November 13, 2014
Italian fashion house Dolce & Gabbana is continuing its support of UNICEF's work with children in need in the Darfur region of Sudan.
For the third year, Dolce & Gabbana and other fashion houses, such as Christian Dior and Chanel, are joining UNICEF for the Frimousses de Creatures project to raise funds for the children of the Darfur. Each year the brands work to create a doll that aligns with a specific theme, which is then auctioned off to benefit UNICEF.
Dolled up for a cause
The theme for the 2014 Frimousses de Creatures is Opera and celebrates both musical and creative art forms.
Dolce & Gabbana shared its participation and an image of the one-of-a-kind doll created by Domenico Dolce and Stefano Gabbana on its social media pages with a link to its digital magazine, Swide.
On Swide, the brand describes the doll, named Violetta, as being inspired by the main character is Verdi’s "La Traviata" opera. The doll is styled in 19th-century garb, which includes an evening dress fashioned with black lace and a red stain belt as well as a crystal brooch.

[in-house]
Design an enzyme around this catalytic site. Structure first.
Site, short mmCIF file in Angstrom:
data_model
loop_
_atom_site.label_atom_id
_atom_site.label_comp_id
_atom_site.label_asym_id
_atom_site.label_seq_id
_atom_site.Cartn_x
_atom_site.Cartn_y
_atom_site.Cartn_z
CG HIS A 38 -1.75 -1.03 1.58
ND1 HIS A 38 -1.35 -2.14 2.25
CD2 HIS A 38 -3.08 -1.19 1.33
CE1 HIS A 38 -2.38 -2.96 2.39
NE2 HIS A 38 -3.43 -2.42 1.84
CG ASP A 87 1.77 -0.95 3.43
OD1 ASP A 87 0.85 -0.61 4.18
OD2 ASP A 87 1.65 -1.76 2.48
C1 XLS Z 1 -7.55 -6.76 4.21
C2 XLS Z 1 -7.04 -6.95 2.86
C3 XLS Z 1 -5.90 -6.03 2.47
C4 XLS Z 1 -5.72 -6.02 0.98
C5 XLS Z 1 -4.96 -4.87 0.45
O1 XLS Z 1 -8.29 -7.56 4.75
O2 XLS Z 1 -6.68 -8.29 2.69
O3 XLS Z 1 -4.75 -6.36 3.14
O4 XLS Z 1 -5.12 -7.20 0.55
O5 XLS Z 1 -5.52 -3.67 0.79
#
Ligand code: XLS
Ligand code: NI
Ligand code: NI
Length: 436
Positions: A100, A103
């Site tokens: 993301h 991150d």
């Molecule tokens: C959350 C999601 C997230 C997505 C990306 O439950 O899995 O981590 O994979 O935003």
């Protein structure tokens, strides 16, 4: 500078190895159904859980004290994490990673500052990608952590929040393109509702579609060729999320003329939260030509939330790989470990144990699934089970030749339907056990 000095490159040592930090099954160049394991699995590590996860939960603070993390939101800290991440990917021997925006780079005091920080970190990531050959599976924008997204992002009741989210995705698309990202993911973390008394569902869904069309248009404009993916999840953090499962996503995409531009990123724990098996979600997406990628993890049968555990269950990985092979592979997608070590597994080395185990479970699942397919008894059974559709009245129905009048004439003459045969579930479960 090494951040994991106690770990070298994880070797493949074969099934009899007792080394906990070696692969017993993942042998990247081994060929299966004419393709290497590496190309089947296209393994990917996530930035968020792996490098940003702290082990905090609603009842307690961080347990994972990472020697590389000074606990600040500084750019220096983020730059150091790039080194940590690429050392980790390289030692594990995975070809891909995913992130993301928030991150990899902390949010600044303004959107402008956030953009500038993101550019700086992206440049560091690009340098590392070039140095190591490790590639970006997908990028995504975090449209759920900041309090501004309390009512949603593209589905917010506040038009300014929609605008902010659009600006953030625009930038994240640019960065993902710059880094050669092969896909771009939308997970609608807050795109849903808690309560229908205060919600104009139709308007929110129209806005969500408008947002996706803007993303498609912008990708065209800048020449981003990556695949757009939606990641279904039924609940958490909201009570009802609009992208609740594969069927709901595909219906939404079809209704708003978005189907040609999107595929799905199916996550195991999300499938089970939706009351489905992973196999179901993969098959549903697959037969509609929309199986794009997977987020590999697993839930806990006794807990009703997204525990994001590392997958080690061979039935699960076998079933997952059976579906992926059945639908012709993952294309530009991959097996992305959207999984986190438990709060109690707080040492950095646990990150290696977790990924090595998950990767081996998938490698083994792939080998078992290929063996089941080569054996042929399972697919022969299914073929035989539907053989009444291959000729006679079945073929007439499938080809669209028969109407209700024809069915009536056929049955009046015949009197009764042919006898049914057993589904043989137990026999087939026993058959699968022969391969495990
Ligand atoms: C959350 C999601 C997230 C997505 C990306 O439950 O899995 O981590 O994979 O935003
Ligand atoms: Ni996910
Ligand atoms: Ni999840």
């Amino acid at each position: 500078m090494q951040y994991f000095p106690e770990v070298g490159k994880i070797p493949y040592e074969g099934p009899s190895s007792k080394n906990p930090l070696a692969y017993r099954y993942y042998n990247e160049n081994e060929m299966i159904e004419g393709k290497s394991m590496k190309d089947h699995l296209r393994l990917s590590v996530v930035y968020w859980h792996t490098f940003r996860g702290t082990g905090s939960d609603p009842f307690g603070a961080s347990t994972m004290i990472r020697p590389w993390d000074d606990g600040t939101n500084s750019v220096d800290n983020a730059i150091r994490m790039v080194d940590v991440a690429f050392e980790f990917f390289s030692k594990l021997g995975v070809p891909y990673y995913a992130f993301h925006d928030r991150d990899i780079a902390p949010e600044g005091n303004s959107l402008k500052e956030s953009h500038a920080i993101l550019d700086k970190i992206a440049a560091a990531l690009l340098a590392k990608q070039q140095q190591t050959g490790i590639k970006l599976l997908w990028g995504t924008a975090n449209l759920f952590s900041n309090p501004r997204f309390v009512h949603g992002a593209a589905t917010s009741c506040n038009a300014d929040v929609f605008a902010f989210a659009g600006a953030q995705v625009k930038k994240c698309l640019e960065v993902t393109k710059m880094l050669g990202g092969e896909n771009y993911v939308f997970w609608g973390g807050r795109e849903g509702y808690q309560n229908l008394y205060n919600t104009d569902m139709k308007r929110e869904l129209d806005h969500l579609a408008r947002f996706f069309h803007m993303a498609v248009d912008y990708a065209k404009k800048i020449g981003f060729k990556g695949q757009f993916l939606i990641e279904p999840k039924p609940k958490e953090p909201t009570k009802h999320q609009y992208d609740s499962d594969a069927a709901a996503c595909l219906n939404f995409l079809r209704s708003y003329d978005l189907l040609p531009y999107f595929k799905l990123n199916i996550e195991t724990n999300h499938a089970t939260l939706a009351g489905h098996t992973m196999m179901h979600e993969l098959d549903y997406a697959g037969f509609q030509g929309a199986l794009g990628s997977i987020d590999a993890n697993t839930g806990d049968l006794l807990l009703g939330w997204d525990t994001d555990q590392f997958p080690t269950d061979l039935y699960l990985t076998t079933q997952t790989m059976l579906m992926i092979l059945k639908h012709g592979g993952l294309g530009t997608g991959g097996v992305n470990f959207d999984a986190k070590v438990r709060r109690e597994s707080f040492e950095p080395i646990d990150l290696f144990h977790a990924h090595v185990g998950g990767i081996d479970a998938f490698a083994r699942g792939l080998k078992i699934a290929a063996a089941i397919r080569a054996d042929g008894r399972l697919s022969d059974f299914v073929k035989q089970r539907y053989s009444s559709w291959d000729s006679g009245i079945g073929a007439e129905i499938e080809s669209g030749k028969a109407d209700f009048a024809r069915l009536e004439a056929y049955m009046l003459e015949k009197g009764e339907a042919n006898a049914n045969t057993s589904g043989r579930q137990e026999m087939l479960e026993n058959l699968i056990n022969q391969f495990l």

To be recognizable among Dolce & Gabbana’s dedicated enthusiasts, the designers included a piece of the house’s classic jewelry, a gold cross with black stones. Violetta is made of resin and her face was painted by hand.
Dolce & Gabbana's Violetta doll for Unicef
During an auction on Nov. 24 at the Theatre du Chatelet in Paris, UNICEF and its branded partners will auction off the lot of one-off dolls and artwork. A public viewing will be held in the days leading to the auction, Nov. 18-23.
Additional dolls include the Chanel “Paris Byzantium” designed by Karl Lagerfeld, Christian Lacroix’s “Lucrezia Borgia,” Elie Saab’s “Rose,” Gucci’s “Papageno” and Dior’s “Olga.”
For the 2013 edition of Frimousses des Creatures, the auction generated approximately $230,000 for UNICEF and the children of Darfur.
Frimousses de Creatures by Unicef with Christian Lacroix's Lucrezia Borgia doll
Dolls in high-fashion recall a sense of nostalgia among consumers.
For instance, Italian apparel and accessories label Bottega Veneta looked to a Hasbro doll to model its spring/summer 2014 collection in its window displays to stand out from other storefronts.
The life-size mannequin versions of Blythe, a doll with a large head and wide eyes, was revealed in the windows of select Bottega Veneta boutiques over a few weeks. Since Blythe has been around for multiple generations, Bottega Veneta was able to connect with consumers of varying ages who likely recognized the doll and were reminded of their childhood (see story).